Tou Thao, left, and J. Alexander Kueng. (Hennepin County Sheriff's Office/AP)
4 min

MINNEAPOLIS — A former Minneapolis police officer who held George Floyd’s back as he begged for breath and ultimately lost a pulse beneath the knee of officer Derek Chauvin nearly 2½ years ago pleaded guilty Monday to a state charge of aiding and abetting second-degree manslaughter in the killing.

J. Alexander Kueng entered his guilty plea Monday, just as jury selection was set to begin in the third trial over Floyd’s killing. As part of the plea deal, prosecutors dropped a count of aiding and abetting second-degree unintentional murder against Kueng.

Kueng had previously rejected a plea deal, but after weekend negotiations between prosecutors and his defense, the former officer appeared in court Monday as his attorney announced that they had negotiated an end to the case.

Asked to enter a new plea by Hennepin County District Court Judge Peter A. Cahill, who is overseeing the case, Kueng replied, “Guilty, your honor.”

If he had not pleaded guilty, Kueng would have faced a joint trial alongside former officer Tou Thao on state charges related to Floyd’s death. Thao, who held back bystanders at the scene, proceeded with his case but asked for a trial before Cahill instead of a jury.

Kueng and Thao, along with their former colleague Thomas K. Lane, were previously convicted in February in federal court of violating Floyd’s civil rights when they failed to render medical aid to Floyd as he complained he could not breathe and lost consciousness during a fatal May 2020 arrest.

A jury also found Kueng and Thao guilty of violating Floyd’s rights when they didn’t intervene as Chauvin pressed his knees into Floyd’s neck and back for nearly 9½ minutes.

Lane, who held Floyd’s legs, was sentenced to 30 months in federal prison in July for violating Floyd’s rights. He pleaded guilty in May to a state charge of aiding and abetting manslaughter and was sentenced last month to three years in prison. The plea deal allowed Lane to serve his state sentence concurrently with his federal sentence. He is in custody at a federal prison outside Denver.

Chauvin pleaded guilty in December to violating Floyd’s rights and was sentenced July 7 to 20 years in federal prison. He is already serving a 22½-year state sentence for Floyd’s murder that he will serve concurrently.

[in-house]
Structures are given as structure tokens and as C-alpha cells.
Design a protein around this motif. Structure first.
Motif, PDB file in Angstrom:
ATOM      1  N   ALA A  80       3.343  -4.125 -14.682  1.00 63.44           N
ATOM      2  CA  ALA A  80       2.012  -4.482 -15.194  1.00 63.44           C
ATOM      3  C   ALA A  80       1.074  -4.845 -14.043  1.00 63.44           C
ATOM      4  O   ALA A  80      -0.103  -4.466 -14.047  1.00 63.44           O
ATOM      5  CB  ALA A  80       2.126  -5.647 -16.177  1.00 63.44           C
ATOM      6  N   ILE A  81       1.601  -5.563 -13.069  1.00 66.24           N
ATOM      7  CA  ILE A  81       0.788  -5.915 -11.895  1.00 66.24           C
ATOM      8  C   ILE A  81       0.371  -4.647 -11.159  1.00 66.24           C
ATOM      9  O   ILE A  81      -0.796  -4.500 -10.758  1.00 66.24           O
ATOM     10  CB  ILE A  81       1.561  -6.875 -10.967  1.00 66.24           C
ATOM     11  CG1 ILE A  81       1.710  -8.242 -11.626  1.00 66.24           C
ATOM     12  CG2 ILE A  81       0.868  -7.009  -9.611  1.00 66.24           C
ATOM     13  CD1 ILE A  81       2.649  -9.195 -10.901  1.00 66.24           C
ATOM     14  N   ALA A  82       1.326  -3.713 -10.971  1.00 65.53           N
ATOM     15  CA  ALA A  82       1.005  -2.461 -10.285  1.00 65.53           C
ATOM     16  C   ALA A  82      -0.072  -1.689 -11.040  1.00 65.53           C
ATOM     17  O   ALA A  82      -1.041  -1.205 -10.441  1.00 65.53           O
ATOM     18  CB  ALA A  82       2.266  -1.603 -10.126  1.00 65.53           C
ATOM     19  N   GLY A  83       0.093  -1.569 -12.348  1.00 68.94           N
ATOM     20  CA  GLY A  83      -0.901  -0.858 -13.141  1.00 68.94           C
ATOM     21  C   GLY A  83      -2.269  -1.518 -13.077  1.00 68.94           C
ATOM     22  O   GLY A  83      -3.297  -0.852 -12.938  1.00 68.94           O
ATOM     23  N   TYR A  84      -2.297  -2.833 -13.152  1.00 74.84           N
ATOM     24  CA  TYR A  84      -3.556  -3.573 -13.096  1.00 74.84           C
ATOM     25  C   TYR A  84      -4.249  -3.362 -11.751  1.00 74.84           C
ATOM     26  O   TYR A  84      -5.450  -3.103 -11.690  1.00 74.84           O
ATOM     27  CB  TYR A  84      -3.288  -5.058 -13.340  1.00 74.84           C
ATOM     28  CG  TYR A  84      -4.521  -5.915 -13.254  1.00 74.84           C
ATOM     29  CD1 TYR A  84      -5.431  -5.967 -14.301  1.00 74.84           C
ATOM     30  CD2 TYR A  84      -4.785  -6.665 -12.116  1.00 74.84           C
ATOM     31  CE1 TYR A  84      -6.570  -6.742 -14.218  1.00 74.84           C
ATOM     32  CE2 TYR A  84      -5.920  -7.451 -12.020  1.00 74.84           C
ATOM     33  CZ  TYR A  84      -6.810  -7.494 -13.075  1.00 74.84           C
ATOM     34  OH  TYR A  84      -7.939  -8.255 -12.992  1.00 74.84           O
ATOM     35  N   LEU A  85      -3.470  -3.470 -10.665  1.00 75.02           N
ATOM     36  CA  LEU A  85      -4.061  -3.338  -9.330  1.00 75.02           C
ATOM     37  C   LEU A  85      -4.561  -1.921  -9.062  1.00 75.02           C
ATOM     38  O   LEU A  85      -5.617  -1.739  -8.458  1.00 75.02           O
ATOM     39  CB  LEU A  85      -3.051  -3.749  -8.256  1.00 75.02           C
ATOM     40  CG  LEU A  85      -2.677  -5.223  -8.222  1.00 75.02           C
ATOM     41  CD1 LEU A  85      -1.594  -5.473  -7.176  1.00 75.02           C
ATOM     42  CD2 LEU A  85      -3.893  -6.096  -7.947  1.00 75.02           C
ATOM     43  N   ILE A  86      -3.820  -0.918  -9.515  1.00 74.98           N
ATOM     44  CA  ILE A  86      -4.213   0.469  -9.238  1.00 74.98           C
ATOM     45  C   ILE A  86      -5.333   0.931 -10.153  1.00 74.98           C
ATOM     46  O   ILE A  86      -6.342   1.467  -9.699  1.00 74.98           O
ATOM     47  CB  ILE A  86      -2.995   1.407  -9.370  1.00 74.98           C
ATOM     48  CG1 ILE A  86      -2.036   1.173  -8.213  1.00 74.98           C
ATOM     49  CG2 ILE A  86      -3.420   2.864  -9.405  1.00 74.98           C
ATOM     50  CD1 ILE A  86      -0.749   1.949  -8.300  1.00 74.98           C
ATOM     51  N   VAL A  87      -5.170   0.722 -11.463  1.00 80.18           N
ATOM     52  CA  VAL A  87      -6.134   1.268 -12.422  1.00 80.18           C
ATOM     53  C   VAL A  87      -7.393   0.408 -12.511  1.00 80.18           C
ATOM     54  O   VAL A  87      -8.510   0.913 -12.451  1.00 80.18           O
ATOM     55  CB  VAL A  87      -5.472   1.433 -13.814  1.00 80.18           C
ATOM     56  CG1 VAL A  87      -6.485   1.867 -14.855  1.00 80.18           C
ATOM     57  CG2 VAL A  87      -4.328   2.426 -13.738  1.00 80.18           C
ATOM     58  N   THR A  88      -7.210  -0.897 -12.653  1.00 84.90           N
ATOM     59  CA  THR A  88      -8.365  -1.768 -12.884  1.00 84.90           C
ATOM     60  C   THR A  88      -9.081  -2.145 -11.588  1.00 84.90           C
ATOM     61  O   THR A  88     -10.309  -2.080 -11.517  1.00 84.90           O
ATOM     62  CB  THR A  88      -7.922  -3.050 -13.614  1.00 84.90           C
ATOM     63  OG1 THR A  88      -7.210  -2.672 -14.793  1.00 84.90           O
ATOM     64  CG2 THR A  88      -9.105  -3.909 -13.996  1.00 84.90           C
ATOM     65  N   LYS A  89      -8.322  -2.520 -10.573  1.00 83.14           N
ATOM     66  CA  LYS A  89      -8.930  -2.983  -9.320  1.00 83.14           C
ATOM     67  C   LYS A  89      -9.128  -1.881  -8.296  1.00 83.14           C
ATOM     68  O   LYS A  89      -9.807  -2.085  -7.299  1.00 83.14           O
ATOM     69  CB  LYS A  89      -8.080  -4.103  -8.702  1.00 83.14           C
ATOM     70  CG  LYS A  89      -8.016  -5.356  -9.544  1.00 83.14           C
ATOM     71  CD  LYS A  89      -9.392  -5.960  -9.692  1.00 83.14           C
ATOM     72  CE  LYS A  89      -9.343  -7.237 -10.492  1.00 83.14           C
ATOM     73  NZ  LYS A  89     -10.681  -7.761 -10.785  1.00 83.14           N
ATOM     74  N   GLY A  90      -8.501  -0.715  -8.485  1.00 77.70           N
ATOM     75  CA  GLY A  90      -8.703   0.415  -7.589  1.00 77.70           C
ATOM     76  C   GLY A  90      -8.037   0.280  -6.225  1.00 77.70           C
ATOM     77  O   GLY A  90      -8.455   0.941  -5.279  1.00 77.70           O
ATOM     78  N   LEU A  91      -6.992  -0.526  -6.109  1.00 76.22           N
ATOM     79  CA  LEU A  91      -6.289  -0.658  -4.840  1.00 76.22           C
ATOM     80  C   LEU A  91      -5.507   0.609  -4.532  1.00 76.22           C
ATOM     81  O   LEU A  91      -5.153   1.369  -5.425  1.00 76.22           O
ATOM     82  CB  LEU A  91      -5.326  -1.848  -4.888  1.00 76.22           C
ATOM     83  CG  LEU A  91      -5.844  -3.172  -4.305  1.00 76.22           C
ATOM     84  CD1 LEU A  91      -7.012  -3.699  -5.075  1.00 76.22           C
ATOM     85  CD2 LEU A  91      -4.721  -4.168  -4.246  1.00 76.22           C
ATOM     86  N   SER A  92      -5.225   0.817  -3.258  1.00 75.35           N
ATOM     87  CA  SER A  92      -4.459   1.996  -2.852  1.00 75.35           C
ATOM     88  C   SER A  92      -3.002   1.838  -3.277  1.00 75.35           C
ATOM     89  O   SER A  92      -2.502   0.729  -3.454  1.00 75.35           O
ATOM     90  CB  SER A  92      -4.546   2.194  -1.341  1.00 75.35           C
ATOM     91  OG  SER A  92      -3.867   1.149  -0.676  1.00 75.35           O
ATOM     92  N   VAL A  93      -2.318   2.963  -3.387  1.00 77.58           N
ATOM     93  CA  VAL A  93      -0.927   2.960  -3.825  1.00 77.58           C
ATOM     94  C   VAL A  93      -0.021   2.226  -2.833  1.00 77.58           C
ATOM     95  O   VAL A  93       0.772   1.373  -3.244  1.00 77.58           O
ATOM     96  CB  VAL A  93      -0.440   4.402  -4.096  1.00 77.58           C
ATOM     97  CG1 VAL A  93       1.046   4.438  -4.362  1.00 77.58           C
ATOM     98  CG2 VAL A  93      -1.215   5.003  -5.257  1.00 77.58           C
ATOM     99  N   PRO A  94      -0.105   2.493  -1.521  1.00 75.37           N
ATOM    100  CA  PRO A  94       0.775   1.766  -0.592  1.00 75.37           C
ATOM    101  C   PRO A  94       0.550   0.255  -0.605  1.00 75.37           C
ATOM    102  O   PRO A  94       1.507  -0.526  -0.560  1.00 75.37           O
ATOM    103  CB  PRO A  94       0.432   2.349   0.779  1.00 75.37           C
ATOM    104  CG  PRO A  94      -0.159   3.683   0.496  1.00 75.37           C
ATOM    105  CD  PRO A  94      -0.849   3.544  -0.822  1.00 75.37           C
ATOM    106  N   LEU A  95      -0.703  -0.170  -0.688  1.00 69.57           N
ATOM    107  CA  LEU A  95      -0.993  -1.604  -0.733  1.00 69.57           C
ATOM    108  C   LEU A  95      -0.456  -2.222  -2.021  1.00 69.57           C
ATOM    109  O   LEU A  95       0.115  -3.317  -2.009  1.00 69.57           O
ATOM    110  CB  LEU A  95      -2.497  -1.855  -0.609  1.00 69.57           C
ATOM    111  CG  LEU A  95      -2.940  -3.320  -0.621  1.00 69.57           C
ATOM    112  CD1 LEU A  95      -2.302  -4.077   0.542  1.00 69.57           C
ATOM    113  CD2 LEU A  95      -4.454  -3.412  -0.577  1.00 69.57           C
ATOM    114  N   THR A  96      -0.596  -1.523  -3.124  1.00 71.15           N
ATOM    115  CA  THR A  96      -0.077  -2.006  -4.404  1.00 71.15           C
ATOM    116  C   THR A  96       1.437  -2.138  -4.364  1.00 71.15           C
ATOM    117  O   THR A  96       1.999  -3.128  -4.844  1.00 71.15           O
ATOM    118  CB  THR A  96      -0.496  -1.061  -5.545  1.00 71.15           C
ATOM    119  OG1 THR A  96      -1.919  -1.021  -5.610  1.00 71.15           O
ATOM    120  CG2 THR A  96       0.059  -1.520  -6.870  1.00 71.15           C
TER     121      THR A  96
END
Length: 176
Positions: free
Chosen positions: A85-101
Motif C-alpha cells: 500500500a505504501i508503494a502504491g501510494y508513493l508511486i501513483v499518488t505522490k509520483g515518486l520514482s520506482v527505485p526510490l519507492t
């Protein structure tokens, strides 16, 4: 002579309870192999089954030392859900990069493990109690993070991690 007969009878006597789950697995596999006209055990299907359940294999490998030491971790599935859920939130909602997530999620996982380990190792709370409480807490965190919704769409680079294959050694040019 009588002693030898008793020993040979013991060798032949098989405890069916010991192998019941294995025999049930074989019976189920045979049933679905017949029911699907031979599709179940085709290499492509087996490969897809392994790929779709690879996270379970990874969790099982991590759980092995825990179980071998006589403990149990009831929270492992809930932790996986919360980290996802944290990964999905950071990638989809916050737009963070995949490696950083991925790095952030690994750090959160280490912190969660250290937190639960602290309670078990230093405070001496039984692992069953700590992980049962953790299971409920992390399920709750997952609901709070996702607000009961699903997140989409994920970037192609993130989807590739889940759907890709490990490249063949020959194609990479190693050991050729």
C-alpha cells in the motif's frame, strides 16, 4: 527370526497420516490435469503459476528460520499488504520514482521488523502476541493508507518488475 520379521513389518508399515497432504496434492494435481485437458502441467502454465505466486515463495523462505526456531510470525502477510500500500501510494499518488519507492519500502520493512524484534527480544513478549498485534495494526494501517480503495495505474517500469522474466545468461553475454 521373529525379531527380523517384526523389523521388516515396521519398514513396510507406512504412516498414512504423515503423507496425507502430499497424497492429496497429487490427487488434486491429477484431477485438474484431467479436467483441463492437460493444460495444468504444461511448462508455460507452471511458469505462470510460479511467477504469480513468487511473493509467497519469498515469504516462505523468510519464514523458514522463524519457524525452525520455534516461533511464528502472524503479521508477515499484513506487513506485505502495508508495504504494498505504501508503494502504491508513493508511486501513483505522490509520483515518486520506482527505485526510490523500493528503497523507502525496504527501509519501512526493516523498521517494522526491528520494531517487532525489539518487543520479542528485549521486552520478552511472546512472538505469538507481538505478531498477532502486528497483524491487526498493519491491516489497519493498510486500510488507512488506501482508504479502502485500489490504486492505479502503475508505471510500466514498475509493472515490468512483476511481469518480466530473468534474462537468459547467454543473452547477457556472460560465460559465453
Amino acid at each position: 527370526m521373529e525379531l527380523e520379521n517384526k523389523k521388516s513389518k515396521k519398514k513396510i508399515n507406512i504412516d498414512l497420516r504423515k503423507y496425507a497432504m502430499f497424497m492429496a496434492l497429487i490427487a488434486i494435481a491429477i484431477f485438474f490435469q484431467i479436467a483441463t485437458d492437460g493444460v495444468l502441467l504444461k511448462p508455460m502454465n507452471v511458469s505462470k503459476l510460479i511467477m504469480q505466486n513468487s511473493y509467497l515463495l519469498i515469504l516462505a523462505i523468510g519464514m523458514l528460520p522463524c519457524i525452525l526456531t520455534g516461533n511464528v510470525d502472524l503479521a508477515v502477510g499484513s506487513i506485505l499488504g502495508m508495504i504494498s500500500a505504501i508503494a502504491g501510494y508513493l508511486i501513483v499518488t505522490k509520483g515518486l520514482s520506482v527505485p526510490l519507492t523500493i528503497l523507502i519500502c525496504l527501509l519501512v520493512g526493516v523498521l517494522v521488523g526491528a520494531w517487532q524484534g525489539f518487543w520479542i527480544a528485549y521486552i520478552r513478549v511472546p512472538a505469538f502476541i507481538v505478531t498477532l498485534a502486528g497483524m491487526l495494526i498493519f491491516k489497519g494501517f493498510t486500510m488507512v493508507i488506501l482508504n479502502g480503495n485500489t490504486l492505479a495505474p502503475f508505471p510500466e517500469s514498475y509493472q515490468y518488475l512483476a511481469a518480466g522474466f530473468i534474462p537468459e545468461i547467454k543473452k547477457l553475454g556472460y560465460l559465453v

In July, a judge sentenced Kueng to 36 months in prison and Thao to 42 months in prison on the federal charges related to Floyd’s death. Both officers have filed notice that they plan to appeal — though it was not immediately clear how Kueng’s guilty plea would affect that case.

According to details of the plea deal read in court by Kueng’s attorney, Thomas Plunkett, his client agreed to plead guilty in exchange for a state sentence of 42 months in prison, which he will be allowed to serve concurrently with his federal sentence.

Kueng earlier this month began serving his federal sentence at a facility in Lisbon, Ohio. Thao is serving his federal sentence at a prison near Lexington, Ky. — though he is currently being held at a county jail in Minneapolis, where he will remain until Cahill renders a decision in the case.

On Monday, Robert Paule, Thao’s attorney, and prosecutors agreed that they would file written evidence — including closing arguments — by Nov. 17 in Thao’s case, which Paule indicated would probably include transcripts of the previous trials.

Cahill indicated he would then take 90 days after that date to render a verdict. Prosecutors and Thao’s attorneys have agreed to submit evidence based on the manslaughter charge alone. If he is found guilty on that charge, prosecutors have agreed to drop the aiding and abetting second-degree murder charge, as well as their request for a tougher sentence because of Floyd’s suffering.

In August, Thao told Cahill that it would be a “lie and a sin” for him to agree to plead guilty to charges related to Floyd’s death.

On Monday, the former officer said little in court, beyond acknowledging to his attorney and to Cahill that he understood he was waiving “certain rights” by bypassing a jury trial — including the right to testify in his own defense.

At one point, Cahill asked Thao about a concussion he had suffered “recently” — though the judge offered no additional details about the ex-officer’s injury or how it occurred. Thao’s attorney did not immediately respond to a request for comment after the hearing.

“Do you think you’ve had enough time to recover from that so that it’s not affecting how you think?” Cahill asked Thao. “Do you think you’re clearheaded enough?”

“Yes, your honor,” Thao replied.

According to sentencing guidelines read in court Monday, Thao faces between 41 and 58 months in prison if convicted on the manslaughter charge.